Monkeys, Policemen, and Immigration Officers (Part 3)

I went to Publika again following my trusty tablet-slash-GPS. It led me through Jalan Duta, a road that passes by Malaysia's big Immigration Office, the one that looks like a huge Middle Eastern castle.

I've had two run ins with the immigration department in Malaysia. I once visited their office while it was still in Putrajaya. I visited it a second time when it was relocated to Kuala Lumpur several years later, you know, because stuff like that happened to me all the time.

I blamed the monkeys in my old school for the first run in. The literal moneys, not the figurative ones. It was my first day inside the campus. I was super excited because, after days of Sungai Buloh quarantine and after days of being under house arrest in Kajang, I was finally able to explore the university on my own.

I had a map with me. I wanted to look for my classrooms before classes started officially. I didn't want to wear a dazed and disoriented look on my first day of school.

I held everything inside a yellow clear book: my map; my class schedule; my offer letter. And my passport.

I would frequently flip through the clear book when I went around the university. I leafed through it to the page where the map was to make sure that I was still on the right track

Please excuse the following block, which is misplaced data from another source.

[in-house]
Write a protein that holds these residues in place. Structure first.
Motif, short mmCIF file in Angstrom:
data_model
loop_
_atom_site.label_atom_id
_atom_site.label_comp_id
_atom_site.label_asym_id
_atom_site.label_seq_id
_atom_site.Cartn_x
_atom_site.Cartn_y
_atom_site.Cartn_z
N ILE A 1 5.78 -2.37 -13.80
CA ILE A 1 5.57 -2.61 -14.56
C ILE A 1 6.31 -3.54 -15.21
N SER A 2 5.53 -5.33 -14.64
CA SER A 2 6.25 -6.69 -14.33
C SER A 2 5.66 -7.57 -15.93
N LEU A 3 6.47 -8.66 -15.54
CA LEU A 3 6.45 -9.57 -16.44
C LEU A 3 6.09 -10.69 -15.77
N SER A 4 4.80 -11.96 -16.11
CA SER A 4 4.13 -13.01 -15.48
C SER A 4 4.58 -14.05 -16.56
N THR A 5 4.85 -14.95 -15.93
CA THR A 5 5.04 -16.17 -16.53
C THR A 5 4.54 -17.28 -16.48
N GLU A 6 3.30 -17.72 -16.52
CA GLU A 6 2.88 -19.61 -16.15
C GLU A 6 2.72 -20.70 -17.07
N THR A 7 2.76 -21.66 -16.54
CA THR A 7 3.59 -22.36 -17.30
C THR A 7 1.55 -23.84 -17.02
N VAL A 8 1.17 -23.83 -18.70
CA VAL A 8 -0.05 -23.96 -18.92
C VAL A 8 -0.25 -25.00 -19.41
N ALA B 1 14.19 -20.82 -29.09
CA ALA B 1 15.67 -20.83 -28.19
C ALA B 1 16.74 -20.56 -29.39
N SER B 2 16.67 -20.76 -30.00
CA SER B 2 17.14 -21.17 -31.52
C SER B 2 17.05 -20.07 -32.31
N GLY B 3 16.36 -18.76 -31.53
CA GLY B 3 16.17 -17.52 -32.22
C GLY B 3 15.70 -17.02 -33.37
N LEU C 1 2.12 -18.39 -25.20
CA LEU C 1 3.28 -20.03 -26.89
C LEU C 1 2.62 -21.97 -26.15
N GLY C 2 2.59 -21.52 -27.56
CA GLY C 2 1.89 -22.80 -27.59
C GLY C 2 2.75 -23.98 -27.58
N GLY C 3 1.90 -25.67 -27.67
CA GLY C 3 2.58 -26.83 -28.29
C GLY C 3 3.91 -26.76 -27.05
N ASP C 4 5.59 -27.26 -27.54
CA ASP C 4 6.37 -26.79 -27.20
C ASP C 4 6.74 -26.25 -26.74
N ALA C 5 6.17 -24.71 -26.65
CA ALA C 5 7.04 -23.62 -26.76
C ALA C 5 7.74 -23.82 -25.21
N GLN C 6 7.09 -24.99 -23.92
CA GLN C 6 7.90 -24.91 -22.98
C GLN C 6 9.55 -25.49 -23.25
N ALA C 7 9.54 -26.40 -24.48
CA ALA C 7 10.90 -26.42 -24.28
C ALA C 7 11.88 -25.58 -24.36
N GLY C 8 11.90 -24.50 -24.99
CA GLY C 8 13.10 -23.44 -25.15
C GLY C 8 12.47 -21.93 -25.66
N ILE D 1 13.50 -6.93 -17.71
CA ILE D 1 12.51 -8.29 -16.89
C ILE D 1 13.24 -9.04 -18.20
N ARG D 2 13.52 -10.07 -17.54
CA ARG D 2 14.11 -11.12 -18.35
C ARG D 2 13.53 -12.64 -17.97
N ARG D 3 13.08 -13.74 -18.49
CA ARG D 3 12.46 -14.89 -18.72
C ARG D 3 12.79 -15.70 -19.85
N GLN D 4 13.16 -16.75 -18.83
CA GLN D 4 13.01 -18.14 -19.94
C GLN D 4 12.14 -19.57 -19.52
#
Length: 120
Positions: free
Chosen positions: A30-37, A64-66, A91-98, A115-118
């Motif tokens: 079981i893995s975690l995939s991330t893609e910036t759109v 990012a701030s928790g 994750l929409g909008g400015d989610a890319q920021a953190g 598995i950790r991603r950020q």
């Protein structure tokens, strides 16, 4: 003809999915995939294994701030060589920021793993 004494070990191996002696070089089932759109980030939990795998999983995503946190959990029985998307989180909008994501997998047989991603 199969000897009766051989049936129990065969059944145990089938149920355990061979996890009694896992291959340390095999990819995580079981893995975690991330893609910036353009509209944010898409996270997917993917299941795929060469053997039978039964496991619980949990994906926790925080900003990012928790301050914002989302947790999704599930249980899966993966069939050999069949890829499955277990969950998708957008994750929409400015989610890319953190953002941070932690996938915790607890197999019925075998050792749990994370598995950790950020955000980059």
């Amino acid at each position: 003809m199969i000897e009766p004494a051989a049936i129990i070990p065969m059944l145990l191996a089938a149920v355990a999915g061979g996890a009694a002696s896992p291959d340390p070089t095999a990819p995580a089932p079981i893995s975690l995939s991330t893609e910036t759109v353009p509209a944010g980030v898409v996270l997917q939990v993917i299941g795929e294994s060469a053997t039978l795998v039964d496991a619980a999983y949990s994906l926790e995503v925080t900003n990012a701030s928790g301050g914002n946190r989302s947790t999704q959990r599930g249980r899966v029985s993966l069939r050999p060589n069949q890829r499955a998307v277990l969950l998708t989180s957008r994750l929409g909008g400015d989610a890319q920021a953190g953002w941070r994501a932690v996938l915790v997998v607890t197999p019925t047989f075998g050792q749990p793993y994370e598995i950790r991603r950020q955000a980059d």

I had almost made it back to my kolej when I started to feel that something was wrong. Too much nasi lemak? It wasn't that. I began browsing through the yellow clear book. My passport was no longer there.

I tried retracing my steps. But it was to no avail. I couldn't find my passport anywhere. I sent my surrogate family an SMS: "Please don't panic. But I think I may have lost my passport."

I had to give them some credit. They didn't panic (or at least I don't think they did). Two of them even helped me put up lost and found signs around the university. But it was no use.

The monkeys probably took it.

Give me my passport back.

(to be continued)